Located in the southern part of Kathmandu, Patan is rich in history, culture, and craft. One of the three kingdoms that make what is known as the capital of Nepal today – the other two are Basantapur and Bhaktapur; all of them are UNESCO World Heritage sites – this neighbourhood is a unique amalgamation of old and new. From admiring intricately carved ancient temples to understanding traditional Newari architecture and craftsmanship, walking around Patan is like playing a game of hide-and-seek.

This is precisely the charm that this storied city brings to those who visit. Get lost in narrow alleyways, stumble into obscure courtyards and find yourself shifting between the ancient and the now.

Do as the locals

The best place to catch a glimpse of everyday life is at Patan Durbar Square – the heart of the old city. See old Newari men wearing traditional Dhaka hats lined up on a bench, street vendors selling prayer lights and marigolds, and women gathered together to knit. There is no better place than this public space to soak in the eclectic sights and boisterous chatter of the locals.

Insider tip: The best seats are on the steps of the Krishna Mandir (temple) where you’ll find yourself in the company of other locals who are also people watching.

Live like a local

Image courtesy of Cosy Nepal.

Checking into one of Cosy Nepal’s charmingly affordable lodging will set you on the right track in acquainting yourself with the old parts of Patan — starting from the moment you set foot in one of their many unique rooms and apartments nestled in hidden alleys and secret courtyards. Unlike most hotels and guesthouses, Cosy Nepal sets itself apart with its well-designed spaces with modern amenities, and its admirable work towards conserving the architectural heritage that’s iconic of Patan. Thanks to their dedicated work, century-old homes that would have otherwise been torn down are revived and refurbished allowing ancient Newari architecture and history to live on.

Insider tip: Book yourself into their latest conservation project, the Imperial Duplex. The two-storey apartment was once the summer home of the formerly all-powerful Rana Family, who ruled Nepal for over a century.

Breakfast of champions

If there’s one thing to put on your food list that’s not commonly suggested in other travel guides, it’s the local Newari breakfast.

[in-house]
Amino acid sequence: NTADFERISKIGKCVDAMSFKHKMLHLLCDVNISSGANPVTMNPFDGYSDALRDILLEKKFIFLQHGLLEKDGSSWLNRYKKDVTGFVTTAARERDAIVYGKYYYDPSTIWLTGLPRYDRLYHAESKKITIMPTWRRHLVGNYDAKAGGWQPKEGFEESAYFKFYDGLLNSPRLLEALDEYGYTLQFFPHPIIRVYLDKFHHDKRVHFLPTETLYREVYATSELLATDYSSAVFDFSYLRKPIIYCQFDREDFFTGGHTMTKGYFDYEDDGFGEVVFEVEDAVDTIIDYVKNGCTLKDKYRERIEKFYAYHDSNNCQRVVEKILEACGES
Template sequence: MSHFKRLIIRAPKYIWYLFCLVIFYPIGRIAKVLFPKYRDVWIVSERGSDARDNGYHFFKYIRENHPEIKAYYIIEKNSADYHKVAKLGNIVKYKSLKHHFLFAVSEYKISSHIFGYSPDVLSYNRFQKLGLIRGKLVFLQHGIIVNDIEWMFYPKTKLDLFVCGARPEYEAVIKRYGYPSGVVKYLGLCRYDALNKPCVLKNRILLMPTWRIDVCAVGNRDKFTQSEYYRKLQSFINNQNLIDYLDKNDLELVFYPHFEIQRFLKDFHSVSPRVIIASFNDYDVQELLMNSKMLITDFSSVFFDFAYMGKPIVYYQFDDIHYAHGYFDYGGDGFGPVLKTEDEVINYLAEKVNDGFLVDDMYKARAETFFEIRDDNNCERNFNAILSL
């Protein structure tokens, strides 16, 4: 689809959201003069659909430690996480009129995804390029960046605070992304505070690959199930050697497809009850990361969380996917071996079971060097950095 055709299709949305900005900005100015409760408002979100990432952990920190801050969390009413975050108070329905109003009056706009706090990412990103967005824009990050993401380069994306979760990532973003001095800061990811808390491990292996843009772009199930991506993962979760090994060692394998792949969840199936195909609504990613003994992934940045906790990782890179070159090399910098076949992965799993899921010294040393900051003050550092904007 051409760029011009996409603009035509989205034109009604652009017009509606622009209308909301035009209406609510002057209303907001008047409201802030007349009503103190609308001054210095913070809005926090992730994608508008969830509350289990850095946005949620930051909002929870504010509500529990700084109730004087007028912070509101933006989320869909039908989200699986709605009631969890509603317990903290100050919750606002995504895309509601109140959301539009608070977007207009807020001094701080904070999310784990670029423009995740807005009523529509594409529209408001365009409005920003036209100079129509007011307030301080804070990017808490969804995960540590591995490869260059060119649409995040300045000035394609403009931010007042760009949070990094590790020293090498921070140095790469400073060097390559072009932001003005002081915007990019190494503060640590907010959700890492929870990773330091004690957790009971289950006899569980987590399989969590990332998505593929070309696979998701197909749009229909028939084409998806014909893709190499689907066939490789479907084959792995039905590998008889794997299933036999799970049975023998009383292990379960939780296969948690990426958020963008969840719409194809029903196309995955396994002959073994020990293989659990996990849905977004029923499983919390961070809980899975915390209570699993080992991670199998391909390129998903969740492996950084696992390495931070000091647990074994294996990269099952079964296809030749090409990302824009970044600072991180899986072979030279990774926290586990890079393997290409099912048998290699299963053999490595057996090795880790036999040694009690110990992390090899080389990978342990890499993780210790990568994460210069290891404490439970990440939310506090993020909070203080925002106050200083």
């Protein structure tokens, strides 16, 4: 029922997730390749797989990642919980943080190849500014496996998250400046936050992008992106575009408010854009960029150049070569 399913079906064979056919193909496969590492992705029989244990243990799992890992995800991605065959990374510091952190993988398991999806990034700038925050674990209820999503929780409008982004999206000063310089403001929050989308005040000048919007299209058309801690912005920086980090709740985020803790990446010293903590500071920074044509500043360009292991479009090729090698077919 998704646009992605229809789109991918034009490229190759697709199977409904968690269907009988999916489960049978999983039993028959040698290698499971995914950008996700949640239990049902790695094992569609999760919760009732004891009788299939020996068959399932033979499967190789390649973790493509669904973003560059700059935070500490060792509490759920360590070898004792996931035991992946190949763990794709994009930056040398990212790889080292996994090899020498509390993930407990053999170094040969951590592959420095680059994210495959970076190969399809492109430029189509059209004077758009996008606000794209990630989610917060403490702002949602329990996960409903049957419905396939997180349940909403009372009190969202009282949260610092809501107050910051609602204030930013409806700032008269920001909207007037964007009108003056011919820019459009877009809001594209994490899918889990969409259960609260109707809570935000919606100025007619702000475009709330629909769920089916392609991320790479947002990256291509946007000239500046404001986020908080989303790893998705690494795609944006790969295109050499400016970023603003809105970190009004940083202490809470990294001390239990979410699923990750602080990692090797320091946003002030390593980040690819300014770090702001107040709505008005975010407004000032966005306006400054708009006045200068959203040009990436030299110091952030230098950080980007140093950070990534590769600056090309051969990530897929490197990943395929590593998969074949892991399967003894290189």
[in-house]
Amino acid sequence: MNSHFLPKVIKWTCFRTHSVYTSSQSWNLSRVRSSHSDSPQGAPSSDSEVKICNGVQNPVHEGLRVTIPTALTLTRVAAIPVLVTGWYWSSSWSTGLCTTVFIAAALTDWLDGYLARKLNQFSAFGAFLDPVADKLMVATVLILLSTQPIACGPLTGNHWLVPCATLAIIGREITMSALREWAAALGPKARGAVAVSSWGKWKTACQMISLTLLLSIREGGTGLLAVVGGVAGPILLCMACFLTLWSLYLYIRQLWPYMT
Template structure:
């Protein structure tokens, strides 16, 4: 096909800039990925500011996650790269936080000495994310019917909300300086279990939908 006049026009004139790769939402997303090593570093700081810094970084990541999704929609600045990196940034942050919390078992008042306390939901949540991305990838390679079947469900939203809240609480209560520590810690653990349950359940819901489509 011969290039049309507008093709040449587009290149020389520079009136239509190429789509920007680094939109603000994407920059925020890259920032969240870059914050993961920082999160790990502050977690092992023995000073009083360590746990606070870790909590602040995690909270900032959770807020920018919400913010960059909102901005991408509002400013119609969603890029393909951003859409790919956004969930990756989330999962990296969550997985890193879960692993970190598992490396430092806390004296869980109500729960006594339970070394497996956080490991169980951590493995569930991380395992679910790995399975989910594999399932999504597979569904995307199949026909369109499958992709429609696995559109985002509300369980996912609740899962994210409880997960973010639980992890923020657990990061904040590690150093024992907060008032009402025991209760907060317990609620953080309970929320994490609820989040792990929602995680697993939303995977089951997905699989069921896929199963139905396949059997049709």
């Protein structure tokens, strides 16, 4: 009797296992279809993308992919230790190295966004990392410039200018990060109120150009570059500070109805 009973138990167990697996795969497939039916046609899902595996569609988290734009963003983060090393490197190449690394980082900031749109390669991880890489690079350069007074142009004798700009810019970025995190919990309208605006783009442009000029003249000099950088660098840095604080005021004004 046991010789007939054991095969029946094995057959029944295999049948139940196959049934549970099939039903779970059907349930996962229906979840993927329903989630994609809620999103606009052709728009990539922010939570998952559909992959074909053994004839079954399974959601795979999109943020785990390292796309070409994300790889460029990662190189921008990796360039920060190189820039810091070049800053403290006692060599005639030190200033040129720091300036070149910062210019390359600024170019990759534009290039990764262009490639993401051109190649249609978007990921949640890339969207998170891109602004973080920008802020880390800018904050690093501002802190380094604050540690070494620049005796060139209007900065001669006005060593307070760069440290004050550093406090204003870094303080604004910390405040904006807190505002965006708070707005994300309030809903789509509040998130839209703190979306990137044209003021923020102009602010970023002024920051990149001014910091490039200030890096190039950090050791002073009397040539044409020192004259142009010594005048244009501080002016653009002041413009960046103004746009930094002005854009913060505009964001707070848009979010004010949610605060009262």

An assortment of deep-fried bread, the must-tries are gwaramari (plain doughnuts), malpua (sweet flat bread) and sel roti, circular bread made out of rice flour, served with a side of tarkari (usually potato and pea stew). All of them are best enjoyed with a glass of piping hot chia (milk tea).

Insider tip: Locals in the neighbourhood are early risers so this delicious fritters are usually sold out by 9.30am.

Copper Street

After breakfast, stroll down Mangal Bazaar and hit up the copper street. Lined with shops selling copperware, take the time to admire the extensive range of brass and copper products and the intricate handwork that goes into each piece. A skill passed down from generations, it takes artisans years to master the delicate and intricate technique that goes into metal crafting. Most of the copper pieces are hand hammered and hand-engraved, and are priced according to the weight of the metal used.

Insider tip: Even if you have no intentions of buying, this 200-metre alley is well worth exploring, especially for the ‘gram.

Off the beaten path

Image courtesy of Metalwood.

For something off the typical tourist track, drop into architecture and design studio, Metalwood. As the name suggests, metal and wood are the core materials the studio uses to make its range of modern and minimalist furniture and accessories. Take a tour of their space and see a talented crew of designers, carpenters and metal shapers at work.

Insider tip: If you’re willing to ship furniture back furniture from Kathmandu, their sleek line of accessories spanning vases, lights and their latest, a foldable copper tray table, would be great handcrafted additions for any home.

Retail therapy

Image courtesy of Randall Bellows III.

Tight on time for shopping? Head over to Yala Mandala, a one-stop shopping destination for everything handcrafted. This artisan village houses a boutique, art gallery and café in an old heritage home. You’ll find a wide selection of quality ceramics, knitwear, jewellery, paper products showcasing traditional Nepali craftsmanship with a modern touch.

Insider tip: For a mid-day perk-me-up, have a cup of masala tea at Yala’s garden café. Their pancakes are also the fluffiest in town.

Culinary journey

Image courtesy of Of Silk & Salt.

The newest establishment to join the burgeoning food scene in and around Patan, Of Silk & Salt takes inspiration from the hippie trail of the Silk Road. Look forward to inventive dishes infused with Central Asian spices, Southeast Asian aromas, and dressed with hearty Nepali flavours. 

Insider tip: Hop over to Of Silk & Salt’s quirky shop where you’ll find an assortment of hippie-inspired goods influenced by the owners’ travels around the world.

Despite the damage done by the 2015 earthquake, Patan still boasts some of the most beautiful temples and palaces in Nepal – locals don’t call the district Lalitpur (City of Beauty in Sanskrit) for nought. Once a fiercely independent city-state, it has now become a suburb of Kathmandu, and shines all the more brighter for it with its peaceful enivrons that can only be good for the soul.